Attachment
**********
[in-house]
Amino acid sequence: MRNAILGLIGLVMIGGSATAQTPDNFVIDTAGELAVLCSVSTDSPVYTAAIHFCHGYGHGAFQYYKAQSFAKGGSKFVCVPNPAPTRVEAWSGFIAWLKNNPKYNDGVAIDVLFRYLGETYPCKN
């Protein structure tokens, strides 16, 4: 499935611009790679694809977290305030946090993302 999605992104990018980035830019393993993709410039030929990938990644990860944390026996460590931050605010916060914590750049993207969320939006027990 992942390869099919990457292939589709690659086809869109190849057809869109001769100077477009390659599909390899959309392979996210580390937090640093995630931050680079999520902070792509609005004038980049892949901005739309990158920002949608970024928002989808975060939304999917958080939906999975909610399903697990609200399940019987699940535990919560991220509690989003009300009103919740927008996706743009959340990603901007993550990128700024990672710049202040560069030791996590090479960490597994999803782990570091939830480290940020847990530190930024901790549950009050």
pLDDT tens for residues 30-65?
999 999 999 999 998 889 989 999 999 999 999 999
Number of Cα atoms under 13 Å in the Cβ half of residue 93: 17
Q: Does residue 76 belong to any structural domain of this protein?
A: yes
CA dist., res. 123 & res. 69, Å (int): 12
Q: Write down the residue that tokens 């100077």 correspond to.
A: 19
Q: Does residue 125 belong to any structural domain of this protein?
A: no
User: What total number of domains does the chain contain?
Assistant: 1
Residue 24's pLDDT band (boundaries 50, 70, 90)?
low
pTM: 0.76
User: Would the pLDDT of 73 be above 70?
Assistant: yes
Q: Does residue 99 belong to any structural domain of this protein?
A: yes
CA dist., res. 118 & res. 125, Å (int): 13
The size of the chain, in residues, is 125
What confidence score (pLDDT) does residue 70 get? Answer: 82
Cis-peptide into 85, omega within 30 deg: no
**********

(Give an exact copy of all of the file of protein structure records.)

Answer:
[in-house]
Amino acid sequence: MRNAILGLIGLVMIGGSATAQTPDNFVIDTAGELAVLCSVSTDSPVYTAAIHFCHGYGHGAFQYYKAQSFAKGGSKFVCVPNPAPTRVEAWSGFIAWLKNNPKYNDGVAIDVLFRYLGETYPCKN
């Protein structure tokens, strides 16, 4: 499935611009790679694809977290305030946090993302 999605992104990018980035830019393993993709410039030929990938990644990860944390026996460590931050605010916060914590750049993207969320939006027990 992942390869099919990457292939589709690659086809869109190849057809869109001769100077477009390659599909390899959309392979996210580390937090640093995630931050680079999520902070792509609005004038980049892949901005739309990158920002949608970024928002989808975060939304999917958080939906999975909610399903697990609200399940019987699940535990919560991220509690989003009300009103919740927008996706743009959340990603901007993550990128700024990672710049202040560069030791996590090479960490597994999803782990570091939830480290940020847990530190930024901790549950009050």
pLDDT tens for residues 30-65?
999 999 999 999 998 889 989 999 999 999 999 999
Number of Cα atoms under 13 Å in the Cβ half of residue 93: 17
Q: Does residue 76 belong to any structural domain of this protein?
A: yes
CA dist., res. 123 & res. 69, Å (int): 12
Q: Write down the residue that tokens 């100077």 correspond to.
A: 19
Q: Does residue 125 belong to any structural domain of this protein?
A: no
User: What total number of domains does the chain contain?
Assistant: 1
Residue 24's pLDDT band (boundaries 50, 70, 90)?
low
pTM: 0.76
User: Would the pLDDT of 73 be above 70?
Assistant: yes
Q: Does residue 99 belong to any structural domain of this protein?
A: yes
CA dist., res. 118 & res. 125, Å (int): 13
The size of the chain, in residues, is 125
What confidence score (pLDDT) does residue 70 get? Answer: 82
Cis-peptide into 85, omega within 30 deg: no